Nicholas V

Nicholas V
(Tommaso Parentucelli, 1397-1455, elected pope in 1447)
   Born at Sarzana in northwestern Italy, the son of a physician, and orphaned at an early age, he studied at the University of Bologna (ca. 1413-1416), where he became expert in scholastic philosophy and especially Aristotelian physics. Poverty compelled him to be-come tutor to the children of two wealthy Florentine families, an ex-perience that introduced him to humanistic studies and especially to the study of Greek. Parentucelli returned to Bologna to complete his master of arts degree (ca. 1420) and then entered the service of Nic-colô Albergati, bishop of Bologna, who soon became a cardinal. He accompanied Albergati on diplomatic missions for Popes Martin V and Eugenius IV. Parentucelli gained valuable ecclesiastical ap-pointments, and in 1444 he became bishop of Bologna. In 1446 the pope made him a cardinal. Shortly after, Eugenius died and Parentu-celli was elected pope.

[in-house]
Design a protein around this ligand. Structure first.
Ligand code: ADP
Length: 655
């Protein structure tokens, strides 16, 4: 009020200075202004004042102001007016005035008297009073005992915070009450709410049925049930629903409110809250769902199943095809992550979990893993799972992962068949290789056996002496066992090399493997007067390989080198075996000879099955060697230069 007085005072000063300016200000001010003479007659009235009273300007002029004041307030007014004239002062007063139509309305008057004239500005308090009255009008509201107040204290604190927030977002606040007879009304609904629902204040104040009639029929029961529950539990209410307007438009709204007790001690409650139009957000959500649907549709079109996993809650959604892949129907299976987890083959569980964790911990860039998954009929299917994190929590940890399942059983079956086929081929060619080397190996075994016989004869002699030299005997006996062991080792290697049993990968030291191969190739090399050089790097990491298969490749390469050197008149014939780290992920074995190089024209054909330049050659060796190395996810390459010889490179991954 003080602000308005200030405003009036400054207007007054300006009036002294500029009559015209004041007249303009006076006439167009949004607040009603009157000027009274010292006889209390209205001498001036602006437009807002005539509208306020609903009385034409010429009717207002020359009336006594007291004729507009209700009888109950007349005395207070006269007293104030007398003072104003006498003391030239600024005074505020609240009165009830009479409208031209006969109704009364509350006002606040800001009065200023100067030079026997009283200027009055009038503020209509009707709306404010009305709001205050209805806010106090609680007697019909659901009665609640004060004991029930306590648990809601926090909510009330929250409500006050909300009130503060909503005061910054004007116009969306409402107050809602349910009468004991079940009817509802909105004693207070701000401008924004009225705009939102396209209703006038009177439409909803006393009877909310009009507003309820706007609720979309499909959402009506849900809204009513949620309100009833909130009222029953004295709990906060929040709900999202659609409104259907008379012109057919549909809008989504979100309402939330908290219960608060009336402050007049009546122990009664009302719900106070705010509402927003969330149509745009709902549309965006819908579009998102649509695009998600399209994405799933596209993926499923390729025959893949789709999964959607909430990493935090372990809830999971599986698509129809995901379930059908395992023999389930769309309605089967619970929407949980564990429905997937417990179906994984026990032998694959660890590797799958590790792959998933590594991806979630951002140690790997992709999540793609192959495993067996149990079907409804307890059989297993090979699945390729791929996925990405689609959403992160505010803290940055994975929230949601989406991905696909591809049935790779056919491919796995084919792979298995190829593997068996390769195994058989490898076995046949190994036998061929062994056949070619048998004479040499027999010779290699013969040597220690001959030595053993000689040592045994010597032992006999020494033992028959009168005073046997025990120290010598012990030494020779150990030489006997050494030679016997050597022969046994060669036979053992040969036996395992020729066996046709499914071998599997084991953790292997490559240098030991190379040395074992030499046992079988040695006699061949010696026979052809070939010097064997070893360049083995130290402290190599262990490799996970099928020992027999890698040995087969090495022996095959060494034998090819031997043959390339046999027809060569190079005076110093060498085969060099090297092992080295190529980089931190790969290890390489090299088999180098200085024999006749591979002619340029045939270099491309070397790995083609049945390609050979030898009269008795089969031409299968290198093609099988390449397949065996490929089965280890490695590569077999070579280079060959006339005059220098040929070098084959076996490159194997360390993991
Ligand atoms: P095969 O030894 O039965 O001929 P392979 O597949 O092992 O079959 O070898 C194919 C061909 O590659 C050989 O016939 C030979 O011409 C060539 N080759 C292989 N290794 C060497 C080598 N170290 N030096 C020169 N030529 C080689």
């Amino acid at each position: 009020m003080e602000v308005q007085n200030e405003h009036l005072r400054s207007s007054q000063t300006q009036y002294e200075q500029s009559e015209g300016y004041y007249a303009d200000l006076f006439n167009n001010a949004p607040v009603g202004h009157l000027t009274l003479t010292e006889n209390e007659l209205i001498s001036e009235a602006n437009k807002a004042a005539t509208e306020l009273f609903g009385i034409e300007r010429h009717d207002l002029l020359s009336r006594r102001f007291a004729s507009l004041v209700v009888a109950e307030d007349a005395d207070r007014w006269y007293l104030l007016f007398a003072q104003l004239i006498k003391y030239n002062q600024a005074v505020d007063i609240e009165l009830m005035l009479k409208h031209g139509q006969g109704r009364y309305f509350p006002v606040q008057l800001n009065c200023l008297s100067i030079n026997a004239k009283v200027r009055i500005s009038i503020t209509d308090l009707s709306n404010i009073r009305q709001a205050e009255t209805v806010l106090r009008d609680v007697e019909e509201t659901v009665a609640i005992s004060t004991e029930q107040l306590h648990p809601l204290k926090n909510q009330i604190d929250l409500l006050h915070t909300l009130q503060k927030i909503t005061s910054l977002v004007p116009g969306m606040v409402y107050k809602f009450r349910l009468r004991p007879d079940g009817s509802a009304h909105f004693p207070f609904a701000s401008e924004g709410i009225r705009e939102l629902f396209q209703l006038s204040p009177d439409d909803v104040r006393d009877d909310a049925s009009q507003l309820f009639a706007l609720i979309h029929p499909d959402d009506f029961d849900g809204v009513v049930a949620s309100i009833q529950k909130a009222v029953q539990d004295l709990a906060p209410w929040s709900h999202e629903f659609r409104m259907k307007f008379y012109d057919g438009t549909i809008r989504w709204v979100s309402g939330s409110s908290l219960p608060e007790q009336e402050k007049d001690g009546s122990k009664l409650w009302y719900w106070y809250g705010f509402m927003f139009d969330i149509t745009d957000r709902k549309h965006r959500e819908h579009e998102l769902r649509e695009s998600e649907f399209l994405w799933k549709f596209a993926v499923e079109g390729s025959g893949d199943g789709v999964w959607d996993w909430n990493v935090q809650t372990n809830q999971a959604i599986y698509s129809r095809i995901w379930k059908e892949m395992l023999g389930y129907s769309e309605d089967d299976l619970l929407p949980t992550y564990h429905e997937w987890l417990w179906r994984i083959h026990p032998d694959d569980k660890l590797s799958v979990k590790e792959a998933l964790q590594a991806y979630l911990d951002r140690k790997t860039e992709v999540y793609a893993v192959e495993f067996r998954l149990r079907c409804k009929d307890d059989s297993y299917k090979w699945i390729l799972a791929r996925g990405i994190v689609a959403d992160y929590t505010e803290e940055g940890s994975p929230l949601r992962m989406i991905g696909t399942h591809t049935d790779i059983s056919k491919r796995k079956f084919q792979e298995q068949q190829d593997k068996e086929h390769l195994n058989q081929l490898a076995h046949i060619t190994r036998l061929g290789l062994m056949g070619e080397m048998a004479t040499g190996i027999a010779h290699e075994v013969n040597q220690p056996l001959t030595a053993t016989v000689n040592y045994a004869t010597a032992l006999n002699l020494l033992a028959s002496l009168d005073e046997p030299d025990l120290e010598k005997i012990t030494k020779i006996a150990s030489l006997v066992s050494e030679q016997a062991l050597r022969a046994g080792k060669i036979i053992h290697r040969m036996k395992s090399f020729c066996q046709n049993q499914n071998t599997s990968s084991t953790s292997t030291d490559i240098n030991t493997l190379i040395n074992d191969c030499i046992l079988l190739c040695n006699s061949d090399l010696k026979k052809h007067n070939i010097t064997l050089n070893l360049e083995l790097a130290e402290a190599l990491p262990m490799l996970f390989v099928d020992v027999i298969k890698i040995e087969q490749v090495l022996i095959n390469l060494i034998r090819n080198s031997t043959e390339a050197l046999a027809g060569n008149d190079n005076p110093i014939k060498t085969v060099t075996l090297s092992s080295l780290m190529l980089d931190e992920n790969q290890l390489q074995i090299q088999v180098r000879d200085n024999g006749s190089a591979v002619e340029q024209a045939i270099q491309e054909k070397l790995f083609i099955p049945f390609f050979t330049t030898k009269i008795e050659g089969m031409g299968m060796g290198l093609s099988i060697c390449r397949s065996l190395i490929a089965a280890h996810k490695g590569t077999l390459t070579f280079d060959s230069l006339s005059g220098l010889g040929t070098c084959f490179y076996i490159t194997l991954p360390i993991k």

As pope, Nicholas managed to bring about a peaceful end to the schismatic remnant of the Council of Basel (1459). He sought peace-ful relations with other Italian states. When Constantinople fell to the Turks in 1453, he tried to organize a crusade for reconquest of the city, but without success. During his short pontificate he did consolidate pa-pal control of Rome itself and conceived an ambitious plan to trans-form the city into a splendid ecclesiastical capital of Christendom, though only a few of his projects were brought to completion. Nicholas is especially important for the history of the Renaissance because as a pope who had been a humanist, he encouraged humanistic and literary scholarship. He collected a vast library of classical manuscripts and in-tended to sponsor the translation of all of Greek literature into Latin. Nicholas is commonly regarded as the founder of the present Vatican Library. His pontificate marks the first step toward the emergence of Rome as a major center of Renaissance civilization.

Historical Dictionary of Renaissance. . 2004.

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